Artist in residence, Harriet Horobin-Worley, explores how the garden is a way of reflecting on our own place in the ecosystem of technology

black and white image of Harriet, with short dark hair, sunglasses and a sleeveless shirt

By Harriet Horobin-Worley
6 Nov 2022

This Autumn’s residency is a special one, commissioned in conjunction with Control Shift, a Bristol-based festival that celebrates computational arts, explores the messy spaces in-between humans, nature and machines, and brings people together to re-imagine our relationships with technology through dialogue and arts.


Harriet’s project, Poem.garden, is an interactive HTML poem that uses gardening as a metaphor, celebration and exploration of a decentralised, anti-capitalist and queer internet. Harriet asks:

How do we share small acts of love outside of the gated communities of Facebook’s metaverse?

Poem.garden explores personal offerings on local web servers through simple acts of tending a courtyard garden. The act of self-hosting a hand-tilled digital garden is both separate from and connected to a wider network, it exists in a tangible space and time. Just as growing a garden might make a very small difference to our ecosystem, taking part in a de-centralised, anti-capitalist, queer web might make some small differences to how we connect in the internet.

As part of the residency, we invite you to Can a website be a garden?, a workshop to build your own low-tech ‘digital garden’ on 29 November at Bristol’s Pervasive Media Studio. Together with Harriet you will create your own low-tech online ‘allotments’. Rather than being centralised like most websites, these will run locally like personalised digital gardens. People with no coding knowledge or experience are welcome and encouraged. Book a free space via the link above.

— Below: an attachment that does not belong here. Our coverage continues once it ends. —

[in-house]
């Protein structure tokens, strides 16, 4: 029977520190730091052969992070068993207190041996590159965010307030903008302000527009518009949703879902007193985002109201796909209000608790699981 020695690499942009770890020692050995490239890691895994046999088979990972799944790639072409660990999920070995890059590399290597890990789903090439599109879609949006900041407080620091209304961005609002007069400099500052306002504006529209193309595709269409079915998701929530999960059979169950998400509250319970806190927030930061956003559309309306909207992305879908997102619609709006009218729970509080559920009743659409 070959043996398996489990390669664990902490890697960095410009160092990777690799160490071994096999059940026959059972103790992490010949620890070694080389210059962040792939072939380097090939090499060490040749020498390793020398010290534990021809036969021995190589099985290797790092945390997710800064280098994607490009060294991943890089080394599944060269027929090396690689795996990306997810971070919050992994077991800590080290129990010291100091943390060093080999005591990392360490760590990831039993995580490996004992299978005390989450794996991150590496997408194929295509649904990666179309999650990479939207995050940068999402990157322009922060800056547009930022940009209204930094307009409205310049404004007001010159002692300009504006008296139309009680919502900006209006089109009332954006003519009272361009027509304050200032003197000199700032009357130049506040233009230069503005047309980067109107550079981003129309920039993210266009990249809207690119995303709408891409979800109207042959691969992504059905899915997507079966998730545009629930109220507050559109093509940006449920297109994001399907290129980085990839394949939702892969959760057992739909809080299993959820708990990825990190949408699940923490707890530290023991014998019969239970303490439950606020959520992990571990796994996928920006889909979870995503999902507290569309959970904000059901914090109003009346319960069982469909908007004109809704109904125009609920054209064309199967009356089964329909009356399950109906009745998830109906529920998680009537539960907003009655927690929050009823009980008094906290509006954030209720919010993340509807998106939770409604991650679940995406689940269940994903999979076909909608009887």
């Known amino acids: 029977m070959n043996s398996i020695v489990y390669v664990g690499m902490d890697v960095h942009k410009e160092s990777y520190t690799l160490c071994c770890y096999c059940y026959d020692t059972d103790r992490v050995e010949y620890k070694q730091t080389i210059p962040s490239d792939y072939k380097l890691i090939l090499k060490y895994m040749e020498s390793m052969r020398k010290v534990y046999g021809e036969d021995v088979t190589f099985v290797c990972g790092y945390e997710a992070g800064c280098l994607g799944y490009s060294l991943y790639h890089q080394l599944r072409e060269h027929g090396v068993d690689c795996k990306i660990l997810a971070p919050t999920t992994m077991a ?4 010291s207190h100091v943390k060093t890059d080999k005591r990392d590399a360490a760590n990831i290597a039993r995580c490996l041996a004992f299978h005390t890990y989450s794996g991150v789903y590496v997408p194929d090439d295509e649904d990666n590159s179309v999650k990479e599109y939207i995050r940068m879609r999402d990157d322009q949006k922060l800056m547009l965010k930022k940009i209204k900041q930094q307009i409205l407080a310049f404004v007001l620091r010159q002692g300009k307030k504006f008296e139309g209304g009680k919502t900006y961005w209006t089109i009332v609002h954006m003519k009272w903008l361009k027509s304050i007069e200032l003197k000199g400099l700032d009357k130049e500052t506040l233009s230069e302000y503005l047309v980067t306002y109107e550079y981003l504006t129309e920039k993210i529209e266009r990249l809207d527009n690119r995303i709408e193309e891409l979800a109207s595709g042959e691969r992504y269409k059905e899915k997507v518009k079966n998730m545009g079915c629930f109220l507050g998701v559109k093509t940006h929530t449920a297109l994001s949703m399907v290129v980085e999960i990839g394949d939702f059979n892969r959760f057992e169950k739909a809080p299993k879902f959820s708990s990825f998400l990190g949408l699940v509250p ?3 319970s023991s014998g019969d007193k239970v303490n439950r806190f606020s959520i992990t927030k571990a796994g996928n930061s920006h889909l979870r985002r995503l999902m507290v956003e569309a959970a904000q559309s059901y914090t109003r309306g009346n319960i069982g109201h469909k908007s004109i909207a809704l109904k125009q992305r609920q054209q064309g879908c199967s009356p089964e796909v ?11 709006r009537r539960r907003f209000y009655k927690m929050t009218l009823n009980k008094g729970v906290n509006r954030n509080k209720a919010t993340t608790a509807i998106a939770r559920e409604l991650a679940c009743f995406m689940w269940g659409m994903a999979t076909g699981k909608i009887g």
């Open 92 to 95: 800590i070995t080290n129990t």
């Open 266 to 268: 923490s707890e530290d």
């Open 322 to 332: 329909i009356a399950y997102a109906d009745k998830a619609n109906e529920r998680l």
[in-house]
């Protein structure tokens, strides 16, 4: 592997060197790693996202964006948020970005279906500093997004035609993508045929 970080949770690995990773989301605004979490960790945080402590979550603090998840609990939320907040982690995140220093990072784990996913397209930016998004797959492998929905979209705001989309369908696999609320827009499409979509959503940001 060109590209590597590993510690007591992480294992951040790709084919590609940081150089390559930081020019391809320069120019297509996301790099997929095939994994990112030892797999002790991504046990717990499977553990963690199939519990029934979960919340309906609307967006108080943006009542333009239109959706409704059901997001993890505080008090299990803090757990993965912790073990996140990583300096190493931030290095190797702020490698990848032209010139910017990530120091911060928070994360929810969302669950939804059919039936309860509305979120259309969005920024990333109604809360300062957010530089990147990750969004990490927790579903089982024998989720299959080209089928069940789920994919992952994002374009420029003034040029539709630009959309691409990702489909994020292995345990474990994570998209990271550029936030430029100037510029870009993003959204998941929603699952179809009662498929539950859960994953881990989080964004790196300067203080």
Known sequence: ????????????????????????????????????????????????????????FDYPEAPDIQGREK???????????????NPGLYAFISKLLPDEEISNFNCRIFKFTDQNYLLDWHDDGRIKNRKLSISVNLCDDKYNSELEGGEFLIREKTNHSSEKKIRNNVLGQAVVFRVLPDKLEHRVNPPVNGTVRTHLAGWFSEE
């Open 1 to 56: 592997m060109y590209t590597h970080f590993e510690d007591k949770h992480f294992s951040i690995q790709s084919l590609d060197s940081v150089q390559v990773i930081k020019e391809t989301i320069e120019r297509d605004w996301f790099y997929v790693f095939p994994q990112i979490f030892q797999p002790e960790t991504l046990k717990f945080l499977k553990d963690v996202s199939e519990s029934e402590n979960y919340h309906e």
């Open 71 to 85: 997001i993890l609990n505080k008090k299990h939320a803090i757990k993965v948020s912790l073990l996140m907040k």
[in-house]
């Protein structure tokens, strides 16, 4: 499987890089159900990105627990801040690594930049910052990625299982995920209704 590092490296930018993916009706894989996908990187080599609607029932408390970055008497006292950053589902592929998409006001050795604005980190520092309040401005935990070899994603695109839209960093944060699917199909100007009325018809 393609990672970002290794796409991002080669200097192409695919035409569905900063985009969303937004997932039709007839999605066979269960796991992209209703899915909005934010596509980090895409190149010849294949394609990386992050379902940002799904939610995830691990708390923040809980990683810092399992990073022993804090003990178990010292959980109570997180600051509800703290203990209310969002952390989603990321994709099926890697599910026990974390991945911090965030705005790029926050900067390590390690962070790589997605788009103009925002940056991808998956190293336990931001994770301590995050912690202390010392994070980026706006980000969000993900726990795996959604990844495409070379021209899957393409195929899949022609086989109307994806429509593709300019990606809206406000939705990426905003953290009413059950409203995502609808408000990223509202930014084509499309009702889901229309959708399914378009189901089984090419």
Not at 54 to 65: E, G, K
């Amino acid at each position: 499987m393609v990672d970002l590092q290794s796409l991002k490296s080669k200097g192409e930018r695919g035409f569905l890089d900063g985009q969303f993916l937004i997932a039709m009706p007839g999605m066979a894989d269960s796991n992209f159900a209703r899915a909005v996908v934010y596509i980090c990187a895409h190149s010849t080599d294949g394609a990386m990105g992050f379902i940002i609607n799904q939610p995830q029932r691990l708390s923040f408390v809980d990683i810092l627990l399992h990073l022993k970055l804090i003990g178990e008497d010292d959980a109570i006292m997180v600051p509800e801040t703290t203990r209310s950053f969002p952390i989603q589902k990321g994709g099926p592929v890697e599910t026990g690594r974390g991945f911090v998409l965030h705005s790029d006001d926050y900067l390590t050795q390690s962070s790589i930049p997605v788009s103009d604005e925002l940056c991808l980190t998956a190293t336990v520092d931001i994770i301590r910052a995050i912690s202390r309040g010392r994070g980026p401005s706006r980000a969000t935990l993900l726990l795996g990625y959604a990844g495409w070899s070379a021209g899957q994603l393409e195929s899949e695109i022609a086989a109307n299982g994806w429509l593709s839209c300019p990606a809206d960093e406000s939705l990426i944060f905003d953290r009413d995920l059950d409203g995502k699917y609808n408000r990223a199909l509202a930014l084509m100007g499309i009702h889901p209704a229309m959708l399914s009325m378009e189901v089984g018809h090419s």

You can also experience poem.garden at the Control Shift’s Feeling Machines Weekender running 31 March-2 April 2023.

About Harriet:

Harriet is a creative software engineer interested in the material reality of how tech is made, and making tech better for humans. They make interactive art, tools and apps that aim to delight and inspire people. They are currently working on interactive poems, and the surprising results of small acts of cultivation, which will be grown on a personal web server. They co-run Queer Tech Bristol Meet-up a monthly meetup for queers who work with technology, to make space for radical, empowering and nurturing conversation (and also just chilling out and chatting)